10. Impacts on local government infrastructure, including transportation, public community systems, including those provided through irrigation and reclamation districts, and landfill services.

    11. Cumulative and long term impacts on local community stability and well being.

D.  Impacts on local economy, customs, services, and businesses, including:

    1.  Impacts on private, investment backed expectation.

    2.  Impacts on the economic value of privately held water rights and real property.

    3.  Direct and cumulative impacts on employment and wages.

    4.  Direct and cumulative impacts on agriculture and related industries.

    5.  Direct and cumulative impacts on local retail and service industries.

    6.  Impacts on housing and related residential services such as water, sewer, sanitation, and energy.

    7.  Impacts on thresholds for business demand and markets.

    8.  Direct and cumulative impacts on community stability and well being related to private ability to maintain current and future debt service.

    9.  Direct and cumulative impacts on the commercial fishing industry and related services industry.

E.  Private Property Takings Implication Assessment. The CERA shall identify and assess impacts of the plan, program, or project on private property rights in the county utilizing the criteria established in Presidential Executive Order 12630, entitled "Governmental Actions and Interference with Constitutionally Protected Property Rights," Supreme Court guidelines and the Attorney General\\\'s guidelines, entitled "Evaluation of Risks and Avoidance of Unanticipated Takings." In addition, this component of the CERA shall include discussion and analysis of the following:

    1.  Whether the plan, program, or project constitutes an actual physical intrusion or actual taking of private property.

    2.  Potential for loss of economic value or investment backed expectation.

    3.  Related impacts on custom and culture.

    4.  Whether the agency action conforms to constitutionally protected property rights and commonly accepted notions of fairness and due process.

F.  Mitigation. For the purposes of this component of the CERA it is the policy of the County of Del Norte that public agencies should not approve plans, programs, or projects as proposed if feasible alternatives or mitigation measures exist which would, if implemented, reduce or eliminate significant impacts on the environment and economy, as defined in paragraph 2, chapter 12.02.030 of this ordinance. County proposed mitigation measures would be considered and analyzed as one of the "feasible alternatives" required by CEQA and NEPA. As relevant to the goals of the plan, program, or project, proposed mitigation measures should:

    1.  Identify each impact which the mitigation measure is intended to address.

    2.  Identify the party or agency responsible for the implementation and monitoring of the proposed mitigation measure.

    3.  Specify, for each mitigation alternative, (a) how impacts may be avoided by not taking the particular action (b) how impacts may be minimized by limiting the degree or magnitude of the proposed action (c) how impacts may be rectified through repair, rehabilitation, or restoration of the affected environment and economy (d) how impacts may be reduced or eliminated over time through preservation and maintenance over the life of the proposed action and (e) how the agency could compensate for the impact by providing substitute resources of equal economic or environmental value.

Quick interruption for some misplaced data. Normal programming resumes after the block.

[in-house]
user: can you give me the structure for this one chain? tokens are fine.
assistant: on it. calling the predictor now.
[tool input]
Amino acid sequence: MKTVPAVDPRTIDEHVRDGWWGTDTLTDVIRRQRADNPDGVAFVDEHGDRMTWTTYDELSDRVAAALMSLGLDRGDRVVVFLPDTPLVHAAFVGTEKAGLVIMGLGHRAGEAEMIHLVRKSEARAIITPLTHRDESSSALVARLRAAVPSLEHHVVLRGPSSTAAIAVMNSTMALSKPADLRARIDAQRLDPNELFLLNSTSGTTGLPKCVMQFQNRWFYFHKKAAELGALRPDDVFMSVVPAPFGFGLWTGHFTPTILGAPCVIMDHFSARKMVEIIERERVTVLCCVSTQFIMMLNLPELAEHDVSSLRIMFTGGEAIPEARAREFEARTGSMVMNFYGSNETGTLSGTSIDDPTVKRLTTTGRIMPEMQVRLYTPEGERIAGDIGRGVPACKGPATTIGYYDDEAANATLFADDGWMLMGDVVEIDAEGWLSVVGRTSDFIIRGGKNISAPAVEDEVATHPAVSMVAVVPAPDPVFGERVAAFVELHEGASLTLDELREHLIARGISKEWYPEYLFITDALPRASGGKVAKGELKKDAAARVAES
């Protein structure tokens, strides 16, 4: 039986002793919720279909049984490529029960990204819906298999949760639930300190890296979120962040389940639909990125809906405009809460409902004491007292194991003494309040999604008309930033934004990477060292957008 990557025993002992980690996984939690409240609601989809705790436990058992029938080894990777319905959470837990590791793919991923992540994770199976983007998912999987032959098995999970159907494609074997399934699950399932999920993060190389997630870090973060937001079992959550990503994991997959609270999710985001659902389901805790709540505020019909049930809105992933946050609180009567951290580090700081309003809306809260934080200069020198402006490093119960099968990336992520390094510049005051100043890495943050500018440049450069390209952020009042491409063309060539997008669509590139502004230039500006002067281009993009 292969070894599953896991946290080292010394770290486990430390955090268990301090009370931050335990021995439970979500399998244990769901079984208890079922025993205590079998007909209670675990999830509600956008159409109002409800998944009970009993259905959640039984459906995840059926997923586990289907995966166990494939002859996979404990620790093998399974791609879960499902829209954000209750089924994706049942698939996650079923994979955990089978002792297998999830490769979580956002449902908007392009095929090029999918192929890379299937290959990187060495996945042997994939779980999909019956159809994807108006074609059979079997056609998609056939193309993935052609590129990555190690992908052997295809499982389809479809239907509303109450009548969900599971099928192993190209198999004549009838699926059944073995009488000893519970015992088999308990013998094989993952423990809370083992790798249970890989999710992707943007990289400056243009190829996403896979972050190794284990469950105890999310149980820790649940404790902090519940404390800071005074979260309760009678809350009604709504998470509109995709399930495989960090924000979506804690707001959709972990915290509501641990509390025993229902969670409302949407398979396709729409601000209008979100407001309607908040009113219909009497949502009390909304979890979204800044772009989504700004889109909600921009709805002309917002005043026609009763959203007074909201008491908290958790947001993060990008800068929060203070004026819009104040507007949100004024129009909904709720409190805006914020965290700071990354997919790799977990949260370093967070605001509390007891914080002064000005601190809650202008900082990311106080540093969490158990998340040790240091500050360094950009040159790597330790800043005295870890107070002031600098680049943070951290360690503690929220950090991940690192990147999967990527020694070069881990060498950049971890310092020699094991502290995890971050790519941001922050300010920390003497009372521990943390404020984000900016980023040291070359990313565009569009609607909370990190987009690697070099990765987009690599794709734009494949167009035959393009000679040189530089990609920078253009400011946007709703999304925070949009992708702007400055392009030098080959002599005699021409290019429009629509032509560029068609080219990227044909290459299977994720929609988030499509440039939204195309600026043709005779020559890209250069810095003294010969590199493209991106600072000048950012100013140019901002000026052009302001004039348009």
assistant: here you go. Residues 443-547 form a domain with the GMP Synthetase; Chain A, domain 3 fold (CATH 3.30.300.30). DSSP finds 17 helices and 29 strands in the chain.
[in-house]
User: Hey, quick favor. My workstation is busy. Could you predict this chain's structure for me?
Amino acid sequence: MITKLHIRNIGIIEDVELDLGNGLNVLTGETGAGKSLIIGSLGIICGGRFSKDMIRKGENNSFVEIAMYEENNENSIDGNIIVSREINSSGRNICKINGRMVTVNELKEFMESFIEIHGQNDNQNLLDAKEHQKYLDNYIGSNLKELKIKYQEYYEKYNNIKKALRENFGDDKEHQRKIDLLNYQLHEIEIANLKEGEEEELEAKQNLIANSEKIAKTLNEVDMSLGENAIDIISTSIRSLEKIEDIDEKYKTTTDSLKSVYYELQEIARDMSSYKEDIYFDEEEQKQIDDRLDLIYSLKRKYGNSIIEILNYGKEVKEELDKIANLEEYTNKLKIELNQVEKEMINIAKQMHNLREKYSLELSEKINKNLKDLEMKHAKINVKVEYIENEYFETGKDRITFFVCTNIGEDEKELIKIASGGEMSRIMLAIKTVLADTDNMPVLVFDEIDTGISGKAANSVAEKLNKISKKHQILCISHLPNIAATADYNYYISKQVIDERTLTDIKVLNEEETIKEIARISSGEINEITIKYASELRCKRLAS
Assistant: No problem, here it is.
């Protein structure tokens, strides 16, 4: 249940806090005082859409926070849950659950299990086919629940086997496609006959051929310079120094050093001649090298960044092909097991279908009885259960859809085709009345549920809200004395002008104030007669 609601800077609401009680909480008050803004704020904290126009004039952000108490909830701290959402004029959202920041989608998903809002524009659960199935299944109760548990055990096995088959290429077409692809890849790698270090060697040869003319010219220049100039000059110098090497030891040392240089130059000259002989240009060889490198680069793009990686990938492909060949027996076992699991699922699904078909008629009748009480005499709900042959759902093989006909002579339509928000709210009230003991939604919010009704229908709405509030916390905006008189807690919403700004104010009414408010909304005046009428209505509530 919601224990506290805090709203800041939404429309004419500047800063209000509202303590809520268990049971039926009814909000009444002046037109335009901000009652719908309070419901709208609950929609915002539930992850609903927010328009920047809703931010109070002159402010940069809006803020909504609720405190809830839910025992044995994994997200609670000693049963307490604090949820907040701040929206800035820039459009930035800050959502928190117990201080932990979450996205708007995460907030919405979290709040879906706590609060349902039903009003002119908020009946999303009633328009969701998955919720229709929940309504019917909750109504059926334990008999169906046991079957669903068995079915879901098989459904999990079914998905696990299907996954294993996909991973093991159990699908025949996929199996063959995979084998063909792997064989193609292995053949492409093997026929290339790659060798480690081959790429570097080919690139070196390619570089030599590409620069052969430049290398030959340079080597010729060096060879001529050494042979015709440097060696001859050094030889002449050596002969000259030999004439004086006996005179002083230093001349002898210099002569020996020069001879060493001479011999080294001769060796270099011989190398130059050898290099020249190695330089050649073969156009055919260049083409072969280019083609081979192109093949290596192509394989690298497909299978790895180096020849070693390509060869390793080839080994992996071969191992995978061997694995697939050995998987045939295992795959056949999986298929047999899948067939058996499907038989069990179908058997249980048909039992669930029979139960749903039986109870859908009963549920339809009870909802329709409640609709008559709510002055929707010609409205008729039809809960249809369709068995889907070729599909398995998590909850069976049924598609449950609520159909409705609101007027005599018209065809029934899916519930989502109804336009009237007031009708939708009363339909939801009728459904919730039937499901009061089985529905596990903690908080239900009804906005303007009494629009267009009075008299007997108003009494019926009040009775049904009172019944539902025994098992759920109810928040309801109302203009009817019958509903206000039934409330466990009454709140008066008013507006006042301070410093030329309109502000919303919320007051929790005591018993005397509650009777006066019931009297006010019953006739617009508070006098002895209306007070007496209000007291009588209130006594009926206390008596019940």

4.  Specify, for each mitigation measure, its (a) legal authority (b) technical feasibility (c) fiscal and economic feasibility (d) social, political, and cultural feasibility.

    5.  Draft a detailed mitigation monitoring plan which shows as to each mitigation measure specific objectives and performance standards to ensure implementation of mitigation measures during the life of the plan, program, or project.

G.  Cumulative Effects. Because the monitoring and maintenance efforts of state and federal agencies have historically proved inadequate to measure effectively the cumulative and long term effects of their plans, programs, and projects, these impacts remain unmeasured in any sense that will admit to remedial action. This is especially true for the impacts on multiple uses of natural resources and economic stability. To provide a necessary tool for addressing these issues, the county shall develop and make available local economic studies containing unit cost and other indices for the purpose of measuring economic impacts. One of the primary reasons for enacting the procedures contained in this ordinance and the commitment of county resources for the development of accurate data is to assist public agencies to identify systematically both present and cumulative impacts associated with their actions and to develop effective and feasible mitigation measures and alternatives so that these adverse impacts may be eliminated or substantially reduced to insignificance.

H.  Public Participation. Another key component of effective environmental review is public participation in the process. During the preparation of environmental documentation for plans, programs, and projects which are subject to this ordinance, Del Norte County and the proponent federal or state agency shall provide opportunities for the involvement of Del Norte County citizens, residents, local governments, schools, utilities, civic, business, and other community groups. Such opportunities shall be provided through noticed public hearings and meetings, or other methods calculated to give actual notice of and a meaningful opportunity to participate in the environmental review and assessment. (Ord. 2003-003 § 2 (part), 2003.)